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Information in this article, originally published June 21, 2006, was corrected June 22, 2006. In an earlier version of a brief below, incorrectly stated that regulators approving Sprint Nextel's acquisition of Nextel Partners said the takeover would give Sprint 105,400 more subscribers. That figure, supplied by a wire service, is wrong; the right number is 2.1 million subscribers.
Attorney general appeals ruling on wine and beer
The state Attorney General's Office on Tuesday appealed a federal court ruling that fundamentally alters who profits from the sale of wine and beer and how much consumers pay for it.
Costco sued the state Liquor Control Board in February 2004, charging its regulation of the sale and distribution of wine and beer is anti-competitive and violates a federal antitrust law designed to limit monopolies.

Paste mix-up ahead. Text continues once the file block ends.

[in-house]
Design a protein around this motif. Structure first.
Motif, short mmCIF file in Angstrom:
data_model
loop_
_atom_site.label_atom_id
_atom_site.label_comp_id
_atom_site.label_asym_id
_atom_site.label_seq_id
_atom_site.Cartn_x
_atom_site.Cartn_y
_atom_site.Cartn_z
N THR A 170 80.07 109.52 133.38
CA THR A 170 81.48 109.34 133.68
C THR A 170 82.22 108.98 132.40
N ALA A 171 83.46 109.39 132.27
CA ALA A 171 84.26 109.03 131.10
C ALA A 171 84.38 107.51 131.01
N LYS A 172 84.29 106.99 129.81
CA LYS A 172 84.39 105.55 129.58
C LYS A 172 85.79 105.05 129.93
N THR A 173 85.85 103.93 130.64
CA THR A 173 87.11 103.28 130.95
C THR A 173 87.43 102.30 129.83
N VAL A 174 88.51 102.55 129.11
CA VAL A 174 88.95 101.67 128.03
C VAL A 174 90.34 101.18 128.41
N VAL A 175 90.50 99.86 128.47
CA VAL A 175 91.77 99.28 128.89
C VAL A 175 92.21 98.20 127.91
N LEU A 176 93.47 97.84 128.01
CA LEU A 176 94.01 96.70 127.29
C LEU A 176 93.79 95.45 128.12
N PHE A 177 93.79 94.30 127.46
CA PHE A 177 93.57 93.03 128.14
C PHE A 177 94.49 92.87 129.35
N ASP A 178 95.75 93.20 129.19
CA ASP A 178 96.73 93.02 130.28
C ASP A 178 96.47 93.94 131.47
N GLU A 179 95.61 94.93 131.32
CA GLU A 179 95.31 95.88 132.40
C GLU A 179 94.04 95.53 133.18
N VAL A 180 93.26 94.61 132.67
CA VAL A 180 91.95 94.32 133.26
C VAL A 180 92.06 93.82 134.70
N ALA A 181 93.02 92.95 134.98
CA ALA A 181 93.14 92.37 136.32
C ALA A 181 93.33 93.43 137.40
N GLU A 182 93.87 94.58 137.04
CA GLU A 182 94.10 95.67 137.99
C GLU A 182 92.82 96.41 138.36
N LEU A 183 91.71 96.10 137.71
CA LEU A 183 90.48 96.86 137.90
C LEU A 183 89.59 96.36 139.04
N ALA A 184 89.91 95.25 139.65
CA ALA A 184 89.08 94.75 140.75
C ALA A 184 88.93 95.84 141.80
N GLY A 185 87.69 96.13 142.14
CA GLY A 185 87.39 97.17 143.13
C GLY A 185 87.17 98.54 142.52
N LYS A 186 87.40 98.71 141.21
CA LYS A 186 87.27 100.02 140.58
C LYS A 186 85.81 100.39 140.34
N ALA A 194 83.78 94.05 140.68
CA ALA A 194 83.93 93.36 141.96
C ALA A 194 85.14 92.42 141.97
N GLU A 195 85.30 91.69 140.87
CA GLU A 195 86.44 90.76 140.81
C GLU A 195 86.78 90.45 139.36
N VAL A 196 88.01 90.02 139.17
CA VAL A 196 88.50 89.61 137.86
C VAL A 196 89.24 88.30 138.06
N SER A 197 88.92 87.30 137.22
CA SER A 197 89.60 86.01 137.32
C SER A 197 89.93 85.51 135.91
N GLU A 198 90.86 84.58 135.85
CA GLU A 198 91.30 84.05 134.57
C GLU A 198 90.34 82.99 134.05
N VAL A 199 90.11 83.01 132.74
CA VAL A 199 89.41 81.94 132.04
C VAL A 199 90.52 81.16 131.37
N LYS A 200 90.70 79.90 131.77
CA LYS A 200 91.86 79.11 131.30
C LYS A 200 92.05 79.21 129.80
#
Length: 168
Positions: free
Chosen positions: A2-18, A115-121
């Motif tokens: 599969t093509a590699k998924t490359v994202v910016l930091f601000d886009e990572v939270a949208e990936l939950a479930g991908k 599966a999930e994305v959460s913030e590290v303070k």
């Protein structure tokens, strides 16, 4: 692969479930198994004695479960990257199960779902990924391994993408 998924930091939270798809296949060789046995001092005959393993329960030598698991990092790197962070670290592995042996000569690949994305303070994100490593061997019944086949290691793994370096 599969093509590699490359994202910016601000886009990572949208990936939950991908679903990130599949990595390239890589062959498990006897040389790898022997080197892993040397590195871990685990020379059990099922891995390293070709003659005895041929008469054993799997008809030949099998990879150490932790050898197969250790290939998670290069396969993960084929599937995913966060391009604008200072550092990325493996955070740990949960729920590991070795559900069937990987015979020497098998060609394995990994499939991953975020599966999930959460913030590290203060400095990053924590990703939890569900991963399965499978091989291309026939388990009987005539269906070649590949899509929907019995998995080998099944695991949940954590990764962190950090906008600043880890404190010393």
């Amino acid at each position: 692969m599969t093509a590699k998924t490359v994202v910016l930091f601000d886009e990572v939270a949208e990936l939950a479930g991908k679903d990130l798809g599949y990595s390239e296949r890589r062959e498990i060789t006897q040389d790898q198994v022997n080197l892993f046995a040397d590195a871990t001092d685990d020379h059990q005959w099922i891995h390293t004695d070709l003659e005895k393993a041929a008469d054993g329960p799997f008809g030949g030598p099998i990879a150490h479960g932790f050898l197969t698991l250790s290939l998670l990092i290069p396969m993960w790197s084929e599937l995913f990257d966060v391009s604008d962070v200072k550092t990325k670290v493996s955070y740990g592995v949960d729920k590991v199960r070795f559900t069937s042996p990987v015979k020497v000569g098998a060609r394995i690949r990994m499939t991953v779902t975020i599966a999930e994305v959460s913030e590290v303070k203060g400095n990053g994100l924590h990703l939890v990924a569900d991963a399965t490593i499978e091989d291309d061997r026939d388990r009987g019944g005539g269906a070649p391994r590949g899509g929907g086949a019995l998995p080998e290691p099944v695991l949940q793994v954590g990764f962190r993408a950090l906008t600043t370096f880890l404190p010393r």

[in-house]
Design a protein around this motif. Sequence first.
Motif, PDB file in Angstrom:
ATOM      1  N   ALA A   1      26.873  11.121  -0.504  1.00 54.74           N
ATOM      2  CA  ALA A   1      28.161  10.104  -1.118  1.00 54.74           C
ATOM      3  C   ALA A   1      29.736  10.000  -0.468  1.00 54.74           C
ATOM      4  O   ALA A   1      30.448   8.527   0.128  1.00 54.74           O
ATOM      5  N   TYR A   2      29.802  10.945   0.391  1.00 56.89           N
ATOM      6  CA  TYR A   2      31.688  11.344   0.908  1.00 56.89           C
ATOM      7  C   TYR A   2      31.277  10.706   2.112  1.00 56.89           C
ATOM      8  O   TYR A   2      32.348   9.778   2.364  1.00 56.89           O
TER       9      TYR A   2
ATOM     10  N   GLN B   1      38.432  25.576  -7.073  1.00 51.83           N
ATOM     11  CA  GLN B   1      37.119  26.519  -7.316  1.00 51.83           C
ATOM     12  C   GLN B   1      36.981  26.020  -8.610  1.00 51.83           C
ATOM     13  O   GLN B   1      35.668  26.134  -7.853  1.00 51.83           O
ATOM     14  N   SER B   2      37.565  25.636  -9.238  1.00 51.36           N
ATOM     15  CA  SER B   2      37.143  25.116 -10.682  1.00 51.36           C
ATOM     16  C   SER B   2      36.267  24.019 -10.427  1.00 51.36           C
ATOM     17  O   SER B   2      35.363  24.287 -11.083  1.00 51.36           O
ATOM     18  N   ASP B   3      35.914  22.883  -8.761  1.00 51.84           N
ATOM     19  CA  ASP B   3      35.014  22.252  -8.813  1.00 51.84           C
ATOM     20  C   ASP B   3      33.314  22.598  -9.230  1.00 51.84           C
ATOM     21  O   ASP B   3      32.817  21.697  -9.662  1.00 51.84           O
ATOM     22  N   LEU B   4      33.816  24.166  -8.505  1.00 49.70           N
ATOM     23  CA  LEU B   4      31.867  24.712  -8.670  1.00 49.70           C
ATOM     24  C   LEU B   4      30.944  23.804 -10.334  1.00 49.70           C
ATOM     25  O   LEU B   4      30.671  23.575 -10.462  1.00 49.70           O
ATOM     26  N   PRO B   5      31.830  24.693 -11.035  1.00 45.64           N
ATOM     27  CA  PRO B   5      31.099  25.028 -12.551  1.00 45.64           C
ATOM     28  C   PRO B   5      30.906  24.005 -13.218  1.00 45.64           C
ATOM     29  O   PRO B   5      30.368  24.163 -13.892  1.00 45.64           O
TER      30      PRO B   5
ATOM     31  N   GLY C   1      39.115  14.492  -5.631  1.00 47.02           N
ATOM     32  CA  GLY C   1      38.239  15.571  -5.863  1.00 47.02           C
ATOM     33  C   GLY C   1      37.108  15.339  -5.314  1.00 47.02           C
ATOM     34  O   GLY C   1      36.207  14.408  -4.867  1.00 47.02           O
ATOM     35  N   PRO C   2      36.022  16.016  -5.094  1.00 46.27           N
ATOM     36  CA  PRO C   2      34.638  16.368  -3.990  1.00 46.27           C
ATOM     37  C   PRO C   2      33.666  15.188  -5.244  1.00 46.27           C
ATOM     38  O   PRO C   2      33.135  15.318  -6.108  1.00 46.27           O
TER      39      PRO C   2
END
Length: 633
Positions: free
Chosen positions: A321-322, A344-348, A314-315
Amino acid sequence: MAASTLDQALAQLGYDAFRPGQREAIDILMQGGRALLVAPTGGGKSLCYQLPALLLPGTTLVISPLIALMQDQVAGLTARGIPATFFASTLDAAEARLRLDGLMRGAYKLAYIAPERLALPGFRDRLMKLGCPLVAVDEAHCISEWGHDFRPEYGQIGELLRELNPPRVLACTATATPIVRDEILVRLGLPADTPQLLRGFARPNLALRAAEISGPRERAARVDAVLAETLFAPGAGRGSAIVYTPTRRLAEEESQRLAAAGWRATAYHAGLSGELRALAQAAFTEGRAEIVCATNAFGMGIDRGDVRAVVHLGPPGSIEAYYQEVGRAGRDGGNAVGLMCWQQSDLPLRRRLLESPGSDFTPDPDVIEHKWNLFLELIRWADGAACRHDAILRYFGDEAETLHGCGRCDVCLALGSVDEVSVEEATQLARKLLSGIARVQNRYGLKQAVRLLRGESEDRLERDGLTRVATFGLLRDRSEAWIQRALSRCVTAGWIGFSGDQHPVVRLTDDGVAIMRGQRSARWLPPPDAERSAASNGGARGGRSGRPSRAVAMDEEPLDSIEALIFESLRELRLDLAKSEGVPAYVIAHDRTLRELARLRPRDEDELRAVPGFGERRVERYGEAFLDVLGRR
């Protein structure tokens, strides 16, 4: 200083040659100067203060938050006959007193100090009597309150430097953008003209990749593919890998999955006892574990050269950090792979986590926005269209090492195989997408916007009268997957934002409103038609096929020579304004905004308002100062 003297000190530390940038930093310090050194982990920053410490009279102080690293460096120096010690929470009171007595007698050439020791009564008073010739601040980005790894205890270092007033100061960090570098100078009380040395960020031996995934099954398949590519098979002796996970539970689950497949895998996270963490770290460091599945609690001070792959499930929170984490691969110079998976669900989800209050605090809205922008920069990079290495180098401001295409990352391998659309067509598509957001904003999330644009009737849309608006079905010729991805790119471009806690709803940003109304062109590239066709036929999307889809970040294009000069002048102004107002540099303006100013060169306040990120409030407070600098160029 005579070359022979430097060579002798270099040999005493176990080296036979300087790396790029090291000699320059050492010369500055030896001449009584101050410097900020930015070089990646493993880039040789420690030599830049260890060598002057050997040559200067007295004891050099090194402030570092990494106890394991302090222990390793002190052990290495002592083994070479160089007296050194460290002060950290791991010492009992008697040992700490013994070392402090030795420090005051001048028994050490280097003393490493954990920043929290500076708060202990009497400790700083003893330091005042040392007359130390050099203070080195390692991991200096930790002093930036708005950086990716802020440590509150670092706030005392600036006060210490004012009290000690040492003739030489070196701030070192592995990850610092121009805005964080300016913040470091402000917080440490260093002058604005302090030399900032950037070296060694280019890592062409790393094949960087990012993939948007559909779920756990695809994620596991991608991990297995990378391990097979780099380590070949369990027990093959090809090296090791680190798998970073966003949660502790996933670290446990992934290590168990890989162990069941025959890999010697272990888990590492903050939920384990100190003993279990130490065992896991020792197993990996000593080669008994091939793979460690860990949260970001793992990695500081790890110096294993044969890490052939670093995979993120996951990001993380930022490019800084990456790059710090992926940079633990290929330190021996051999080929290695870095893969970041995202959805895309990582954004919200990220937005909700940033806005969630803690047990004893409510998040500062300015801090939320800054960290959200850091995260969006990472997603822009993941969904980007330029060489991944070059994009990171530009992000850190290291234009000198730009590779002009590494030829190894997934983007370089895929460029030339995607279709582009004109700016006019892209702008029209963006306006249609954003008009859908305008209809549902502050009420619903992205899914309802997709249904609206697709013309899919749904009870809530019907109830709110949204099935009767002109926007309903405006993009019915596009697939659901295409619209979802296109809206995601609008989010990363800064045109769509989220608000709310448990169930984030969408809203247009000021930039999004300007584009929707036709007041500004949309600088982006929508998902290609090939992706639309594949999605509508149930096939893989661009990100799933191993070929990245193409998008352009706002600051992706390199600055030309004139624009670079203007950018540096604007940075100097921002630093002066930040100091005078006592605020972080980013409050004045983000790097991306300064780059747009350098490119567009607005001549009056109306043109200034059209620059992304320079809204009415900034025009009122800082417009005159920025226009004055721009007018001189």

Since the 1930s, the state has required most retailers to purchase wine and beer through distributors — and used other controls — to artificially inflate prices to prevent overconsumption and block any entity from monopolizing the system.
U.S. District Court Judge Marsha Pechman on April 21 ordered the state to stop enforcing key parts of its system, ruling that the state's interests do not trump federal law.
The Washington Beer and Wine Wholesalers Association, an intervener in the case, also filed an appeal.
The appeal, which seeks review in the 9th U.S. Circuit Court of Appeals, could take up to 24 months.
Sprint Nextel can now buy affiliate
Sprint Nextel won final regulatory approval to buy Kirkland-based Nextel Partners, its largest affiliate.
Gary Forsee, Sprint's chief executive officer, has been buying affiliates of the former Sprint and Nextel Communications after their $36 billion merger in August.
Sprint and Nextel Partners agreed on a $6.5 billion purchase price in December after four months of legal wrangling. The takeover will give Sprint 2.1 million more subscribers.
Nextel Partners sells Nextel's push-to-talk service mainly to business customers with five to 50 employees in small and midsize markets.ZymoGenetics